Get more Mail & Guardian
Subscribe or Login

Rich land drives claims

Serjeant at the Bar ("Traditional law denies rights”, March 28) brings attention to a landmark case involving the right of independent or putatively independent ethnic factions in effect to make a unilateral declaration of independence from traditional authorities that have hitherto sought to control their affairs. The legal implications (despite the dissenting views of two of the Constitutional Court justices) are significant for many traditional communities, and especially those in the "platinum belt” of North West.

But the Serjeant omits crucial aspects of the context of this legal challenge. Principally, this concerns the motives of the community (the baKgatla baKautlwana), which wants to secede from the wider authority of the baKgatla baKgafela under the authoritarian chief Nyalala Pilane and constitute themselves as a separate Motlabe tribal authority.

These desires appear to have a deep material basis. The farm on which many of them live, Witkleifontein, is known to be platinum-bearing but it is subject to a land claim — which the baKautlwana argue excludes them — lodged by Pilane in the name of the baKgafela.

In 2011 court papers, the baKautlwana argued that they have an interest not only in the land claim for Witkleifontein but also in respect of two other farms, Rhenosterkraal and Welwewaght, which they assert were purchased with contributions from their former kgosi, Kautlwana, and a number of his followers in 1911 and 1926 respectively.

The baKautlwana conclude that "baKgatla interests in platinum are on properties where we live … but despite this our village is extremely poor and undeveloped … We do not see any of this money and how it is used.”

Another complaint is that proceeds from infrastructure they developed on the land, including three schools, a clinic and a community hall, had all gone into the coffers of Pilane's baKgatla at Saulspoort.

Thus the distribution of proceeds from possible royalties and other financial deals seems to lie at the heart of the matter, as much as the exercise of any constitutional rights. The timing of this (and other) challenges to frequently authoritarian traditional leadership is significant: they have all occurred or in some cases been revived during the platinum "revolution” of the past 20 years. The state has acknowledged the right of these traditional authorities to profit from mining on land they control, hence the issue of ownership is crucial. – Andrew Manson, Mafikeng

Subscribe to the M&G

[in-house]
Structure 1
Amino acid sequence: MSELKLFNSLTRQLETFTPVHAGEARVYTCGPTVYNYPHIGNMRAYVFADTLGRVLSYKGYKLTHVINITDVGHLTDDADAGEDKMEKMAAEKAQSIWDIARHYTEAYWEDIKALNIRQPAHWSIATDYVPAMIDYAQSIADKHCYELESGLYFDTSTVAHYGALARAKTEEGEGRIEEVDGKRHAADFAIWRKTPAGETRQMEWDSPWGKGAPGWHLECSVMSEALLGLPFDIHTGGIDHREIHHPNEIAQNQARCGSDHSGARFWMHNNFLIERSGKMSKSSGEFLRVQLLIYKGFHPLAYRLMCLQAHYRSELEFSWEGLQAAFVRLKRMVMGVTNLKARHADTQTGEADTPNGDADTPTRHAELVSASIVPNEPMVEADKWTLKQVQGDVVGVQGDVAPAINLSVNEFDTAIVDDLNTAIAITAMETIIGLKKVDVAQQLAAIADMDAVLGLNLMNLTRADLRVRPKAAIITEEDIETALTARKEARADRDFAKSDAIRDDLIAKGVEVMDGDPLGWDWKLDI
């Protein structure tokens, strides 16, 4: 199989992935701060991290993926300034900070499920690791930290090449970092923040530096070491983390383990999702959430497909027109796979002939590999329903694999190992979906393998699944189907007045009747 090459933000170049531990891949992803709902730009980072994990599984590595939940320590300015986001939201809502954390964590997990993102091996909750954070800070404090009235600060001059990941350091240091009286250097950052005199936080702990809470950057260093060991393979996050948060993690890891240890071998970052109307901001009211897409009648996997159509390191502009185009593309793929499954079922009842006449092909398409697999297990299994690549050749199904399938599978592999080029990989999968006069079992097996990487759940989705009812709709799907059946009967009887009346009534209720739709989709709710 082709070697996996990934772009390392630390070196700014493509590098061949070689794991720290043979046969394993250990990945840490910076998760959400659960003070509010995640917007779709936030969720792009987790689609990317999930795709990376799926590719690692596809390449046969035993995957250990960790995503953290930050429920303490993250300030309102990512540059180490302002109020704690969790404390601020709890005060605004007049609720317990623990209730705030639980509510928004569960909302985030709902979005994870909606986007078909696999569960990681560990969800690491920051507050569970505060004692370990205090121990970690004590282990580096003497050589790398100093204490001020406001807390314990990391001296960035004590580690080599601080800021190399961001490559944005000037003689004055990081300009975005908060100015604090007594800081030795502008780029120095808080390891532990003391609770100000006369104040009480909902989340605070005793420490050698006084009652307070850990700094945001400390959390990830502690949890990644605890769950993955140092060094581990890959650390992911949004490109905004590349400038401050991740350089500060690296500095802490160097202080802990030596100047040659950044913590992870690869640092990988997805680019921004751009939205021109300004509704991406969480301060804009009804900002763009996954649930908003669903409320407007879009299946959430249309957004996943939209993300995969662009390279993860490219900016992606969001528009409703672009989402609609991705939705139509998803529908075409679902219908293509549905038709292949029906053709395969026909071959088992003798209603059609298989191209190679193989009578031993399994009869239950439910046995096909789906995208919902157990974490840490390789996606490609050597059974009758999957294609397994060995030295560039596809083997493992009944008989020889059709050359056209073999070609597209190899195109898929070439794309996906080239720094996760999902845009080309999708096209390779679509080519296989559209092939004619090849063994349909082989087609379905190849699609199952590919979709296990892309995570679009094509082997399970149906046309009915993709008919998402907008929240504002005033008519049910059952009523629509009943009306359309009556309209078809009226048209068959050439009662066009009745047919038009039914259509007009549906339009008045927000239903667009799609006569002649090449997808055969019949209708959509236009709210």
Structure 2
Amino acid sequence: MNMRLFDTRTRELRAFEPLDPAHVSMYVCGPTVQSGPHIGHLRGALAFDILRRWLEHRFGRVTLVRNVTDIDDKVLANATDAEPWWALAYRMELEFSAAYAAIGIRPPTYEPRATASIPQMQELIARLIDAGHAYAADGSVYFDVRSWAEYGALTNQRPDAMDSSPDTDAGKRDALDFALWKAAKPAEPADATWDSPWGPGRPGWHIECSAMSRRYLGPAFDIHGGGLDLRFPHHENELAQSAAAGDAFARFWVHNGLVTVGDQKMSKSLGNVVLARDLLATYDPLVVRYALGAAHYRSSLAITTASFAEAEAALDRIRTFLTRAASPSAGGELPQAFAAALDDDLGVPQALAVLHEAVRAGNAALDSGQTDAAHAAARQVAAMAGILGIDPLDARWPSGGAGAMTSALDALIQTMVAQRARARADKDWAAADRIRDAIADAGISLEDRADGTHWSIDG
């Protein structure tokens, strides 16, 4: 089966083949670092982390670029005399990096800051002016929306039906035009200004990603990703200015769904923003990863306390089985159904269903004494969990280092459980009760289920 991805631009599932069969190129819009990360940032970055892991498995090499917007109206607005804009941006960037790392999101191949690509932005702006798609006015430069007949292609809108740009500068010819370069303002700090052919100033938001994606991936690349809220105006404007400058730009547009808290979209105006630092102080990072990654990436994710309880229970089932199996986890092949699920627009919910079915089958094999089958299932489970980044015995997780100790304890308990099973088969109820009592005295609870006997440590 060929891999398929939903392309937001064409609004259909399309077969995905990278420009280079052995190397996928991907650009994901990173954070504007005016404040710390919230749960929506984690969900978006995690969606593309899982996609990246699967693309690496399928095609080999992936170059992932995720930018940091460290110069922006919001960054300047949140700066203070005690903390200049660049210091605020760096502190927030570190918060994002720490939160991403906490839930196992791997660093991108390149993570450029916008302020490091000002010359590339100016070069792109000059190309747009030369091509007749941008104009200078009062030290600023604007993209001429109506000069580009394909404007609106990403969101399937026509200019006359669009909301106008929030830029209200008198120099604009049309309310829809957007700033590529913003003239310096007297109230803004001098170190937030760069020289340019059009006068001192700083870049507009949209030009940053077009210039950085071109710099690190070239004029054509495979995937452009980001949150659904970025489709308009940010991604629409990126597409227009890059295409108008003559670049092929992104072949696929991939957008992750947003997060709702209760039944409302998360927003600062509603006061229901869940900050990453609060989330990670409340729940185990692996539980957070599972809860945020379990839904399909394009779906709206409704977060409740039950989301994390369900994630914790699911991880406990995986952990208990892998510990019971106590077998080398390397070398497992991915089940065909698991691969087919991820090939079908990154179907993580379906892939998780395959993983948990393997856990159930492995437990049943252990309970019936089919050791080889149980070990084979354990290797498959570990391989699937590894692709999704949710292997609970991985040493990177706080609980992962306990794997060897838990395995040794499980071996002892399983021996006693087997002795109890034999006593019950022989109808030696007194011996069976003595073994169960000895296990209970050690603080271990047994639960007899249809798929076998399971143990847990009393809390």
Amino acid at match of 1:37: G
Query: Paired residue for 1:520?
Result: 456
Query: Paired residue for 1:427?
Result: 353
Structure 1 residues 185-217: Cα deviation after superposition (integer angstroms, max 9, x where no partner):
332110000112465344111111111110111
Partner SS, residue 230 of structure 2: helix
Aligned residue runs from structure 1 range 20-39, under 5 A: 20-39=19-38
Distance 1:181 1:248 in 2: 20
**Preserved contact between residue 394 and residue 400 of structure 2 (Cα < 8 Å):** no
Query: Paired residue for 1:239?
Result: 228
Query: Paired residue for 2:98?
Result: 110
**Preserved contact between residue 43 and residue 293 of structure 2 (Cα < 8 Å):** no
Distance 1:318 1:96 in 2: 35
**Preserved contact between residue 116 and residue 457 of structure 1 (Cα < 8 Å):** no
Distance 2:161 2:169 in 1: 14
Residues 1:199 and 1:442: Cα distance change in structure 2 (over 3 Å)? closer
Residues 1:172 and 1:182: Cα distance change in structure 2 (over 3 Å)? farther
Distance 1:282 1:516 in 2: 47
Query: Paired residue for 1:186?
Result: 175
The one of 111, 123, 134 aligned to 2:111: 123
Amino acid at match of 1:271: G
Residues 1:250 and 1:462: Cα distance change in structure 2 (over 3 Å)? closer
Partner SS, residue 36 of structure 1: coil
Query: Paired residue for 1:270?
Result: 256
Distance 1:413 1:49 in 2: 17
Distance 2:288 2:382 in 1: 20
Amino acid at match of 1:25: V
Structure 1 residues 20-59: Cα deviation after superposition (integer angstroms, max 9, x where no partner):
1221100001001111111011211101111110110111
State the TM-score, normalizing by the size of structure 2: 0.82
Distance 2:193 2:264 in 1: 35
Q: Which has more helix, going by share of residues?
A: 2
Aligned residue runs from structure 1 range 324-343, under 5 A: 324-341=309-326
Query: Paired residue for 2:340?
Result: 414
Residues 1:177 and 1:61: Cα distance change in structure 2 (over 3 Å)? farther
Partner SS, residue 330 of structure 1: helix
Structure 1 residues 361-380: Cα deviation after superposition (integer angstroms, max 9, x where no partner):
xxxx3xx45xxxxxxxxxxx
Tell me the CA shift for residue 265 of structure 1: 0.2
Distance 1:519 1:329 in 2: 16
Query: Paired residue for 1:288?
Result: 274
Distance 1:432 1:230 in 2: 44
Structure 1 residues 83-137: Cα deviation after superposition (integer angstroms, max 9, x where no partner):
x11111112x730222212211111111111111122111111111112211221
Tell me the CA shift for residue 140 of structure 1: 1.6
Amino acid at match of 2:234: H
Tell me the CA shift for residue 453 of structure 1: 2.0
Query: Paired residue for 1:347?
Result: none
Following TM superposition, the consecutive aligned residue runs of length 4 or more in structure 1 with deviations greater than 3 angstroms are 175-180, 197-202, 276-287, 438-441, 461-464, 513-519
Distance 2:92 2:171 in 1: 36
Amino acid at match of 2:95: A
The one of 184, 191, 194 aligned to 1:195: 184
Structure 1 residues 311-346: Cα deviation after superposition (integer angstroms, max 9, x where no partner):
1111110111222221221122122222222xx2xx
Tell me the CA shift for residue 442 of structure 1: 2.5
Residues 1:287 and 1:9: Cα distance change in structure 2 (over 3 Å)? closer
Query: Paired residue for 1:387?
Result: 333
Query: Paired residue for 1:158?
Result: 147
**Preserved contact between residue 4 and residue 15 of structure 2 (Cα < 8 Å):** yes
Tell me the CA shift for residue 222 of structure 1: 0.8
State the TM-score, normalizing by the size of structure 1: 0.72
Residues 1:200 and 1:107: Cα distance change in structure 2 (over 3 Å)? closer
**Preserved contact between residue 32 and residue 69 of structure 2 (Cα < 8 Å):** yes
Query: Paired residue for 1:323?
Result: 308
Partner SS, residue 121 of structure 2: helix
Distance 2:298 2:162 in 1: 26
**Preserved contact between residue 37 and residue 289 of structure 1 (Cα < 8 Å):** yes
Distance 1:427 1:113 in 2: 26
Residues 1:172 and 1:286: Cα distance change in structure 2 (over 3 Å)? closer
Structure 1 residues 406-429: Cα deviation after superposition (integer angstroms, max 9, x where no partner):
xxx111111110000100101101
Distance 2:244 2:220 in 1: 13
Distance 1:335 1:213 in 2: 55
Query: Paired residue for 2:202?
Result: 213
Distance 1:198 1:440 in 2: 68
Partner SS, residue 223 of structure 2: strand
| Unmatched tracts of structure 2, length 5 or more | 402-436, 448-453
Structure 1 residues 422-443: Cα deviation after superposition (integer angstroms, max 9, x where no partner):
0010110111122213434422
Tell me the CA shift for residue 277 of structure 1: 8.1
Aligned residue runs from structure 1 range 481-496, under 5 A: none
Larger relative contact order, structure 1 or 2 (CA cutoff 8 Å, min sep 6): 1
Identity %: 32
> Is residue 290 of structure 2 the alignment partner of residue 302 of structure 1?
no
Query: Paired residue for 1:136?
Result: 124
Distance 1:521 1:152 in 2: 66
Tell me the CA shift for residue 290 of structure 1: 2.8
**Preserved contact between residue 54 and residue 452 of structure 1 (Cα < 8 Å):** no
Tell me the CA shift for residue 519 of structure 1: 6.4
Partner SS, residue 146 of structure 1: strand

Thanks for enjoying the Mail & Guardian, we’re proud of our 36 year history, throughout which we have delivered to readers the most important, unbiased stories in South Africa. Good journalism costs, though, and right from our very first edition we’ve relied on reader subscriptions to protect our independence.

Digital subscribers get access to all of our award-winning journalism, including premium features, as well as exclusive events, newsletters, webinars and the cryptic crossword. Click here to find out how to join them.

Related stories

WELCOME TO YOUR M&G

If you’re reading this, you clearly have great taste

If you haven’t already, you can subscribe to the Mail & Guardian for less than the cost of a cup of coffee a week, and get more great reads.

Already a subscriber? Sign in here

Advertising

Subscribers only

Micro-hydropower lights up an Eastern Cape village

There is hidden potential for small hydropower plants in South Africa

MK committee to look into Gupta influence in military veteran’s...

Party insiders say a report on the Guptas’ association with leaders of the Umkhonto weSizwe Military Veterans’ Association will help rid the structure of Jacob Zuma’s most loyal allies

More top stories

‘Vaccinate inmates to avoid crisis’

Delaying the vaccination of prisoners could lead to a public health disaster

Naspers and Prosus in share swap Catch-22

Asset managers are concerned about the share exchange but others welcome it because Naspers has dominated the JSE

As South Africa’s Covid infections surge, the number of jabs...

Hospitals are under strain, nurses are burning out and infections are on the rise, but there are limited Covid-19 vaccine doses available

SAA: PIC allegations are Harith’s albatross

Sipho Makhubela assures that the private equity firm has what it takes to raise the capital to get SAA flying again
Advertising

press releases

Loading latest Press Releases…
×